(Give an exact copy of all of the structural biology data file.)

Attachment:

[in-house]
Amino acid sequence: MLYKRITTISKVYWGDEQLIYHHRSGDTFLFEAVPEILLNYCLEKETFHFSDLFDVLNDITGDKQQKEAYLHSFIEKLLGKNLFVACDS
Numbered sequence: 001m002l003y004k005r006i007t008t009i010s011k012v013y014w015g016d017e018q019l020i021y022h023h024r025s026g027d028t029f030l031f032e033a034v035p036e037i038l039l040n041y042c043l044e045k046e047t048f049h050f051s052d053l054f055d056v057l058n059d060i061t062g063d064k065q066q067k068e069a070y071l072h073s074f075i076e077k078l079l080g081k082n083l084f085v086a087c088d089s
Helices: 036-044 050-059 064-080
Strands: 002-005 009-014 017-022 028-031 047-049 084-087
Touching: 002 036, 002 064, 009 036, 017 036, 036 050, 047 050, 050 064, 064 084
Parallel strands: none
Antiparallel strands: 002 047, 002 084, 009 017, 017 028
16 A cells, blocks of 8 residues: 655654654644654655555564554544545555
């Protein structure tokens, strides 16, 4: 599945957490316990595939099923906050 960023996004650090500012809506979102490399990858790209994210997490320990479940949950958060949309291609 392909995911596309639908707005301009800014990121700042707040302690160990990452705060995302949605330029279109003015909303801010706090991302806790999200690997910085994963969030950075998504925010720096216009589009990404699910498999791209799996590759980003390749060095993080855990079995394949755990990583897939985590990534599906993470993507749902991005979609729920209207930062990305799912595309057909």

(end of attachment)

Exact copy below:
[in-house]
Amino acid sequence: MLYKRITTISKVYWGDEQLIYHHRSGDTFLFEAVPEILLNYCLEKETFHFSDLFDVLNDITGDKQQKEAYLHSFIEKLLGKNLFVACDS
Numbered sequence: 001m002l003y004k005r006i007t008t009i010s011k012v013y014w015g016d017e018q019l020i021y022h023h024r025s026g027d028t029f030l031f032e033a034v035p036e037i038l039l040n041y042c043l044e045k046e047t048f049h050f051s052d053l054f055d056v057l058n059d060i061t062g063d064k065q066q067k068e069a070y071l072h073s074f075i076e077k078l079l080g081k082n083l084f085v086a087c088d089s
Helices: 036-044 050-059 064-080
Strands: 002-005 009-014 017-022 028-031 047-049 084-087
Touching: 002 036, 002 064, 009 036, 017 036, 036 050, 047 050, 050 064, 064 084
Parallel strands: none
Antiparallel strands: 002 047, 002 084, 009 017, 017 028
16 A cells, blocks of 8 residues: 655654654644654655555564554544545555
């Protein structure tokens, strides 16, 4: 599945957490316990595939099923906050 960023996004650090500012809506979102490399990858790209994210997490320990479940949950958060949309291609 392909995911596309639908707005301009800014990121700042707040302690160990990452705060995302949605330029279109003015909303801010706090991302806790999200690997910085994963969030950075998504925010720096216009589009990404699910498999791209799996590759980003390749060095993080855990079995394949755990990583897939985590990534599906993470993507749902991005979609729920209207930062990305799912595309057909």